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Social Engineering as a Technical Tool

| September 28, 2012

Social Engineering as a Technical Tool Pic

When we speak about social engineering the normal conversation steers away from the technical and more to the psychological.  This month we are going to change it up a bit and steer head on into the technical arena for a discussion about penetration testing.

There seems to always be a debate online about pentesting, what it is and what it isn’t.  How to do it right, how to do it “real world,” how to do it hardcore and even l33t. But at the end of the day what each and every pentester wants (or should want) is to uncover the holes in the clients network, so they can be mitigated before the bad guys use those very same holes for malicious purposes.

That desire should drive each “real world” pentester to use every tool – technical or not – at his disposal for the benefit of his clients.  This is where our discussion about how to use social engineering as a technical tool or as a tool to get technical details.

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Social-Engineer.org is Vegas Bound Baby!

| July 20, 2012

Social-Engineer.org Logo

20 years.  Hard to believe, but Defcon has been around for 2 decades.  And Black Hat has been doing its thing for 15 years and continues to buck the conference trend and grow in attendance each year.  These two security conferences are some of the pace setting events for our industry.  For the last few years, the crew at Social-Engineer have been a part of these events, and this year is no different. As you may know, we have 2 arms of our organization. Social-Engineer.org is the free web portal that strives to achieve “Security Through Education” not only with our core crew but also with many excellent contributors.  Social-Engineer.com is our commercial arm offering social engineering services (such as penetration tests) and training.  Here are some of the events, happenings and schedule for us during the annual pilgrimage to Vegas.

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Nonverbal Human Hacking

| June 18, 2012

Nonverbal Human Hacking - Lie To Me Microexpressions

Many fans of the Social-Engineer.org newsletter will remember a couple years ago when I launched some research.  I wrote about the study and the use of nonverbal communications and labeled it NLH.  Over the last couple of years I have been working on deepening and broadening that research and feel that the title limited my studies.  Moving to a more general definition like “nonverbal human hacking” takes away the stigma and connection to NLP that made many view this area as something more mystical and not science-based research.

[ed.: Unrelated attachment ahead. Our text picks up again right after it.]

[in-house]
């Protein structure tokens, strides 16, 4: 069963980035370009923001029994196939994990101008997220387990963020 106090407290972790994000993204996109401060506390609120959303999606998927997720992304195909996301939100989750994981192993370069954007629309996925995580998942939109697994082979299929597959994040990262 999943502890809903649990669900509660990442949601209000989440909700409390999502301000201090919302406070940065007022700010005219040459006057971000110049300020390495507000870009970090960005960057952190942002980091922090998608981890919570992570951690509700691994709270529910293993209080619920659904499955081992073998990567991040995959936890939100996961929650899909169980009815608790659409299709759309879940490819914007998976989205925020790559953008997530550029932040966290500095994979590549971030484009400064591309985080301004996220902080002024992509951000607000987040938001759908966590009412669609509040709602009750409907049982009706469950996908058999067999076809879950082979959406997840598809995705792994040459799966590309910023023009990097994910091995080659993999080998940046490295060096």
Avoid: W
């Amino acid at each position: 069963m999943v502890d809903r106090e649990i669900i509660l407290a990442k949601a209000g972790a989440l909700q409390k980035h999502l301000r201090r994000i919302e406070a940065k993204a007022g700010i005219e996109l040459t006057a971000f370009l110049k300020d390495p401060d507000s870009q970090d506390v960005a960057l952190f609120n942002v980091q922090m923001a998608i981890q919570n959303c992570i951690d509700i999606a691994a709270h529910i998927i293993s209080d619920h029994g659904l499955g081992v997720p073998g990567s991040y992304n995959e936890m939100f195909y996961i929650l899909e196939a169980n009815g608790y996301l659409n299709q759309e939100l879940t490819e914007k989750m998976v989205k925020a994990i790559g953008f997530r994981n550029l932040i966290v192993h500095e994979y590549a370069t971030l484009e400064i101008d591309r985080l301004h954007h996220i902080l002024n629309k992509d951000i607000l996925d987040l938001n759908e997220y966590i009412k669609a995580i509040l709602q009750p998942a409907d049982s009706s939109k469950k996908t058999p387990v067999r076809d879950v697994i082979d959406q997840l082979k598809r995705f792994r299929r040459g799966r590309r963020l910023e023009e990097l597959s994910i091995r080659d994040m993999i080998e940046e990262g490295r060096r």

The fact of the matter is that social engineering is nothing new.  From some of the oldest stories recorded in mankind’s history until today, social engineering has been used.  Despite the advancement in technology the same principles work when it comes to “hacking the human OS.”

As an ardent student of the sciences and arts that make up social engineering, I am always trying to learn how to adapt certain studies from other professionals into social engineering as a whole.  As you most likely have heard, we have interviewed radio hosts, psychologist, law enforcement officials, dating experts, scientists and others to try and understand what each of those fields has to offer a social engineer.

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An Insider’s Look at the Social-Engineer.Org SE CtF at DEFCON

| May 25, 2012

By Chris Hadnagy

dc-18-logo_smsq.pngI want you to picture this scene:  It is a warm day in sunny Maryland, my phone rings.  I answer it.

Me – “Chris speaking…”
Voice – “Hello Sir, this is Special Agent Smith (name changed) from the FBI, I would like to speak to you about this social engineering contest…”
Me – “Nice Dave, not falling for it.  Good try sucker!”
Voice – “Sir, I already mentioned my name is Special Agent Smith, not Dave.  It is important that we…
Me – “Blah, Blah Blah.. right Dave.  You are always trying to get me.  Nice one, almost sounds real.  Later loser…”
Moments after the phone was hung up it rings again…
Me – “Hello?”
Voice – “I would ask that you listen sir and do not hang up.  Call me back at this number… And ask for Special Agent Smith.”

This was the birth of the very first Social-Engineer.Org’s Social Engineering Capture the Flag Contest (SE CtF) at DEFCON over 2 years ago.

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Bringing the Unsexy Back: The Process of Selling SE Penetration Tests

| April 27, 2012

Selling SE - Bill Gates Sexy Pose